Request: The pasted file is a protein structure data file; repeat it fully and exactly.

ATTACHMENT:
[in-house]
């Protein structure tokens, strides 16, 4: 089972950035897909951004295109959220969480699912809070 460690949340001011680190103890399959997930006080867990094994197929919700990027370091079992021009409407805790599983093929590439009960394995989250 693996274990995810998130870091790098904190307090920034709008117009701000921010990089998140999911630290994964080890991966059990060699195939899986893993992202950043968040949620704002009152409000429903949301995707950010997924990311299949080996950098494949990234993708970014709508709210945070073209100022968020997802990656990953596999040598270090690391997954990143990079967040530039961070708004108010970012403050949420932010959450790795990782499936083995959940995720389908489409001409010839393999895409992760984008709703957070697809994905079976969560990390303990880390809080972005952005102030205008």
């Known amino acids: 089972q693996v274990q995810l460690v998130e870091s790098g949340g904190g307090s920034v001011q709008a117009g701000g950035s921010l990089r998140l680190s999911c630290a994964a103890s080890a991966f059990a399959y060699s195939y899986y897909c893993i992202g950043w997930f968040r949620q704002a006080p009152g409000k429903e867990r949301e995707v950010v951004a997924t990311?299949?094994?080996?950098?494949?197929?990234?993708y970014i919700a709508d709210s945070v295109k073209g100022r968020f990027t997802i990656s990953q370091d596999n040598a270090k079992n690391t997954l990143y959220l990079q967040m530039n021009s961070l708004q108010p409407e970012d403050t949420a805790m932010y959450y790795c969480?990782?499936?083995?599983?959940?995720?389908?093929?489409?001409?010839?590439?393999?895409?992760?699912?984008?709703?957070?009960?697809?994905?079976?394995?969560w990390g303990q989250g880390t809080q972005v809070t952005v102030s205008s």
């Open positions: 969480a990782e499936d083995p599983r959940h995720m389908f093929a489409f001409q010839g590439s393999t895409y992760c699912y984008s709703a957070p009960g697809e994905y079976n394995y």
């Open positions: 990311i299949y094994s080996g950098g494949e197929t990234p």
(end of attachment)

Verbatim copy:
[in-house]
């Protein structure tokens, strides 16, 4: 089972950035897909951004295109959220969480699912809070 460690949340001011680190103890399959997930006080867990094994197929919700990027370091079992021009409407805790599983093929590439009960394995989250 693996274990995810998130870091790098904190307090920034709008117009701000921010990089998140999911630290994964080890991966059990060699195939899986893993992202950043968040949620704002009152409000429903949301995707950010997924990311299949080996950098494949990234993708970014709508709210945070073209100022968020997802990656990953596999040598270090690391997954990143990079967040530039961070708004108010970012403050949420932010959450790795990782499936083995959940995720389908489409001409010839393999895409992760984008709703957070697809994905079976969560990390303990880390809080972005952005102030205008």
């Known amino acids: 089972q693996v274990q995810l460690v998130e870091s790098g949340g904190g307090s920034v001011q709008a117009g701000g950035s921010l990089r998140l680190s999911c630290a994964a103890s080890a991966f059990a399959y060699s195939y899986y897909c893993i992202g950043w997930f968040r949620q704002a006080p009152g409000k429903e867990r949301e995707v950010v951004a997924t990311?299949?094994?080996?950098?494949?197929?990234?993708y970014i919700a709508d709210s945070v295109k073209g100022r968020f990027t997802i990656s990953q370091d596999n040598a270090k079992n690391t997954l990143y959220l990079q967040m530039n021009s961070l708004q108010p409407e970012d403050t949420a805790m932010y959450y790795c969480?990782?499936?083995?599983?959940?995720?389908?093929?489409?001409?010839?590439?393999?895409?992760?699912?984008?709703?957070?009960?697809?994905?079976?394995?969560w990390g303990q989250g880390t809080q972005v809070t952005v102030s205008s």
């Open positions: 969480a990782e499936d083995p599983r959940h995720m389908f093929a489409f001409q010839g590439s393999t895409y992760c699912y984008s709703a957070p009960g697809e994905y079976n394995y």
């Open positions: 990311i299949y094994s080996g950098g494949e197929t990234p």